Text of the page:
A kayak on the Humber
The Humber river watershed is the largest in Toronto, as the river winds nearly 100 km from the north. A great way to explore its profusion of egrets, herons, swans and cormorants is either by kayaking or canoeing.
Toronto Adventures offers kayaking tours on a regular basis. Guides are experienced, and often offer advice on how to improve paddling. Groups meet at 10 a.m., on the beach just west of Sunnyside pavilion, and gradually paddle past the graceful arches of the white footbridge over the mouth of the Humber.
The bridge was built in 1994 at a cost of $4 million, is 6.5 metres wide and is almost 140 metres long. According to the architects, the steel webbing connecting the two arches is patterned as an abstracted version of a thunderbird. Simplicity does not preclude loveliness, as the bridge has won several national and international design awards.
Looking east on a hot summer day, you can see the smog like a gauze curtain against the CN Tower and its skyscraper sisters. It doesn't seem to reach here at all. During any heat wave in the city, the place to be is near Lake Ontario if you can. It's imperative to drink a lot of water, as the paddle and the heat dehydrate everyone.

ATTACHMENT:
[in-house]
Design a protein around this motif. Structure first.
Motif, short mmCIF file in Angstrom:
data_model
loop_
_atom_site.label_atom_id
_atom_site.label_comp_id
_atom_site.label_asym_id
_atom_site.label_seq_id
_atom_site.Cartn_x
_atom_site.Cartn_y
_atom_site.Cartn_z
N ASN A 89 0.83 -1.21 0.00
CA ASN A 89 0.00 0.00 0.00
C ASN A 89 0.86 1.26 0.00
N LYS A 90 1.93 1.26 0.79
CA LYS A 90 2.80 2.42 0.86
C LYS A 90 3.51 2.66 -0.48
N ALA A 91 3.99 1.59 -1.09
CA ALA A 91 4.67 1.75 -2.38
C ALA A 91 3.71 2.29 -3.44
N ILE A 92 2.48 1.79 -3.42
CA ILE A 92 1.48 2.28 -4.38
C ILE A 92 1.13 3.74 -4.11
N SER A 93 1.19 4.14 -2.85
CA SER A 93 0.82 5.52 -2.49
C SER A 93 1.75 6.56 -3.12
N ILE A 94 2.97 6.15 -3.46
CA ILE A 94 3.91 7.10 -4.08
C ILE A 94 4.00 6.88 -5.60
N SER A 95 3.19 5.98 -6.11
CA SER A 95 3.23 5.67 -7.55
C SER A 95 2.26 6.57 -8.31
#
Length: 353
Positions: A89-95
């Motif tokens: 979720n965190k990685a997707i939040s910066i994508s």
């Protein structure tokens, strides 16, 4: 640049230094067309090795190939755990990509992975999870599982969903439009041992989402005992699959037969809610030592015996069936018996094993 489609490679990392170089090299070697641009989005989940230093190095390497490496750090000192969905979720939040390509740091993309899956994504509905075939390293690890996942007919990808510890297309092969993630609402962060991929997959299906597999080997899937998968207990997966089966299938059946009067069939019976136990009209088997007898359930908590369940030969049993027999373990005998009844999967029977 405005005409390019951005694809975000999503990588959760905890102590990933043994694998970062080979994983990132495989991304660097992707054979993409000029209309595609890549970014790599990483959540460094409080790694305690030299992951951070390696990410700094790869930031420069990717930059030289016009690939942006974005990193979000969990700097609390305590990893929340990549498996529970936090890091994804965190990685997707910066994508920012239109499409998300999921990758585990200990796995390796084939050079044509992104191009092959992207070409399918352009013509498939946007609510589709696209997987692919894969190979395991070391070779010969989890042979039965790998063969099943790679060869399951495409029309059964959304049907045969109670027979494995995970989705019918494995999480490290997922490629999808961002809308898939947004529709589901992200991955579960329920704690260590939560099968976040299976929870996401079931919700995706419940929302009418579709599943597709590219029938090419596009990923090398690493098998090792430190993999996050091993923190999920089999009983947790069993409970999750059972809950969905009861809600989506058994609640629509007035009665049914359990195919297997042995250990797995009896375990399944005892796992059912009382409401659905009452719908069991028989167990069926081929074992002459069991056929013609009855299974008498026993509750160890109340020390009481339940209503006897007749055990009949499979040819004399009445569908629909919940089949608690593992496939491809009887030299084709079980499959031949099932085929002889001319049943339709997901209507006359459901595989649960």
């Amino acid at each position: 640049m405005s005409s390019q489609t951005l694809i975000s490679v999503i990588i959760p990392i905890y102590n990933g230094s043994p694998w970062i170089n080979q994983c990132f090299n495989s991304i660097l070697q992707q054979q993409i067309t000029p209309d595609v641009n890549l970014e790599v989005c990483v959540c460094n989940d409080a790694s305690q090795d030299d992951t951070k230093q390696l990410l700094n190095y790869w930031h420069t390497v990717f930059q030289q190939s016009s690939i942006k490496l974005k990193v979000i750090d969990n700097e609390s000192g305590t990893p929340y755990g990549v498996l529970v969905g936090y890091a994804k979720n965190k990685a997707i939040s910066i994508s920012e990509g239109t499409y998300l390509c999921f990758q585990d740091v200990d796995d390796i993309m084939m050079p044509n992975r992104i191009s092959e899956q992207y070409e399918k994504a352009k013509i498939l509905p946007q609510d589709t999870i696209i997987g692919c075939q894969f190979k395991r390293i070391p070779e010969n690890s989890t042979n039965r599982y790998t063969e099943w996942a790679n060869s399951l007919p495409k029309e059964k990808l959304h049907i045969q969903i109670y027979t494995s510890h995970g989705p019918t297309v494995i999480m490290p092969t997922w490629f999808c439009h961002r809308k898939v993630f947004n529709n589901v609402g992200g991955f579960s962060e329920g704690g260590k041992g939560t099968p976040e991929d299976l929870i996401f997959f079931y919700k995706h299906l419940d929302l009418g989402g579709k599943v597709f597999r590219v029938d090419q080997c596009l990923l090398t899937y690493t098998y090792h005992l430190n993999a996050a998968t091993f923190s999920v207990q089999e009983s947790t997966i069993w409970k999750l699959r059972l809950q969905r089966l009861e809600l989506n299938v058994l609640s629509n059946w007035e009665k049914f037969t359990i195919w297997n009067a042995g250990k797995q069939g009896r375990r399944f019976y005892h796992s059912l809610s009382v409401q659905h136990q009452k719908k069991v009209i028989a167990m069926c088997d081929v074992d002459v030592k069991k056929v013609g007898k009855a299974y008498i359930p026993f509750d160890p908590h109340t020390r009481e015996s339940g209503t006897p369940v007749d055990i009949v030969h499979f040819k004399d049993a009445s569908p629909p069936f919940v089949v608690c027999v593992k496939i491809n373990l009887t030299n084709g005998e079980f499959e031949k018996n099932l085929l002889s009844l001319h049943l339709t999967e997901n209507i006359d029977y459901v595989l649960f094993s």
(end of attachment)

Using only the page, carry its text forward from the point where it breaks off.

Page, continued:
The tour destination is the Humber marshes. Branches kiss the water as paddlers make their way upstream, leaving the sounds of the city behind. Egrets perch on tree stumps. Swans also nest here. Just ahead is a cormorant rookery, with its cacophonous inhabitants congregating on defoliated treetops. Apparently, as of 2004 there were 137 nests there. Cormorants wreak havoc with foliage and herbaceous diversity; push out other bird species; and eat too many fish. They're like the zebra mussels of the feathered world.
In addition to the cormorant colony, there are lovely black-crowned night herons, lounging on one leg, looking like white, grey and black puffins. The next marsh has an entrance, with a fence made of wood around it. Kayaks have to go in single file, but in the end all of them get there, just as if there were no fence at all. It must keep out the bigger craft. Only smaller motorized boats are allowed here. However, "small" can include things that look almost like yachts, with two big motors.
In the second marsh there are no cormorants, but several egrets who take flight languidly around the paddlers. This marsh has lily pads in the water.
Back in Lake Ontario again, kayakers may need to give the right-of-way to practising dragonboats, whose racers focus only on the paddle in front of them, hitting the water in unison.
In all, the tour takes about two hours. Kayak and canoe excursions available throughout the summer and until mid-September.
(c) 2005 Dominique Millette